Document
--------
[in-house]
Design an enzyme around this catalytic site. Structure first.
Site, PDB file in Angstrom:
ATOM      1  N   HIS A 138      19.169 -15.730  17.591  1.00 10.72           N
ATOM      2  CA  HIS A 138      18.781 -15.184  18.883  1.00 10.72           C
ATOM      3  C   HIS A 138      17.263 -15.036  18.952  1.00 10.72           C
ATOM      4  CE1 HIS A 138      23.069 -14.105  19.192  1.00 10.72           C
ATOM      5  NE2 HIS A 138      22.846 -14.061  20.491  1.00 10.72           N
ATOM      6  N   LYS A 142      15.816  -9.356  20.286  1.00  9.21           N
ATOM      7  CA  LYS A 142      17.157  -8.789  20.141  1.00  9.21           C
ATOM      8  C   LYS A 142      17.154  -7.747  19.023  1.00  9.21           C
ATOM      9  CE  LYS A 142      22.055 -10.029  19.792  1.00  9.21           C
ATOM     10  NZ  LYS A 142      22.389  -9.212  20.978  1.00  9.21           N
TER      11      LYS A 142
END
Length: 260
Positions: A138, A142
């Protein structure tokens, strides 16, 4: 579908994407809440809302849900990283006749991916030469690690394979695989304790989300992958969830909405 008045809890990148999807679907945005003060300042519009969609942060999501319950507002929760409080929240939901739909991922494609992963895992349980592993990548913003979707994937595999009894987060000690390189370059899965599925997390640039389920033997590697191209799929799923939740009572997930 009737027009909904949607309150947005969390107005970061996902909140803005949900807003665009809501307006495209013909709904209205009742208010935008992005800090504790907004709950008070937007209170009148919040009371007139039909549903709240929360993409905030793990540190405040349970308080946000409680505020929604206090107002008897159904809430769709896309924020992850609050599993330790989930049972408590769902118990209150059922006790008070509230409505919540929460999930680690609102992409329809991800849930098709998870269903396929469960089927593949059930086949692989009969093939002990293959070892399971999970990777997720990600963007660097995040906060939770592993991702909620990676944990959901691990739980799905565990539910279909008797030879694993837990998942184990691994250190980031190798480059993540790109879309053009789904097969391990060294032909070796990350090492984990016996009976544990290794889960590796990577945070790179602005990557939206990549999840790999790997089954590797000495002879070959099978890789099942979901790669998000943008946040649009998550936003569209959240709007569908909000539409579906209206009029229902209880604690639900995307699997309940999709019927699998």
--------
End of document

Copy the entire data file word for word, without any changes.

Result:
[in-house]
Design an enzyme around this catalytic site. Structure first.
Site, PDB file in Angstrom:
ATOM      1  N   HIS A 138      19.169 -15.730  17.591  1.00 10.72           N
ATOM      2  CA  HIS A 138      18.781 -15.184  18.883  1.00 10.72           C
ATOM      3  C   HIS A 138      17.263 -15.036  18.952  1.00 10.72           C
ATOM      4  CE1 HIS A 138      23.069 -14.105  19.192  1.00 10.72           C
ATOM      5  NE2 HIS A 138      22.846 -14.061  20.491  1.00 10.72           N
ATOM      6  N   LYS A 142      15.816  -9.356  20.286  1.00  9.21           N
ATOM      7  CA  LYS A 142      17.157  -8.789  20.141  1.00  9.21           C
ATOM      8  C   LYS A 142      17.154  -7.747  19.023  1.00  9.21           C
ATOM      9  CE  LYS A 142      22.055 -10.029  19.792  1.00  9.21           C
ATOM     10  NZ  LYS A 142      22.389  -9.212  20.978  1.00  9.21           N
TER      11      LYS A 142
END
Length: 260
Positions: A138, A142
């Protein structure tokens, strides 16, 4: 579908994407809440809302849900990283006749991916030469690690394979695989304790989300992958969830909405 008045809890990148999807679907945005003060300042519009969609942060999501319950507002929760409080929240939901739909991922494609992963895992349980592993990548913003979707994937595999009894987060000690390189370059899965599925997390640039389920033997590697191209799929799923939740009572997930 009737027009909904949607309150947005969390107005970061996902909140803005949900807003665009809501307006495209013909709904209205009742208010935008992005800090504790907004709950008070937007209170009148919040009371007139039909549903709240929360993409905030793990540190405040349970308080946000409680505020929604206090107002008897159904809430769709896309924020992850609050599993330790989930049972408590769902118990209150059922006790008070509230409505919540929460999930680690609102992409329809991800849930098709998870269903396929469960089927593949059930086949692989009969093939002990293959070892399971999970990777997720990600963007660097995040906060939770592993991702909620990676944990959901691990739980799905565990539910279909008797030879694993837990998942184990691994250190980031190798480059993540790109879309053009789904097969391990060294032909070796990350090492984990016996009976544990290794889960590796990577945070790179602005990557939206990549999840790999790997089954590797000495002879070959099978890789099942979901790669998000943008946040649009998550936003569209959240709007569908909000539409579906209206009029229902209880604690639900995307699997309940999709019927699998």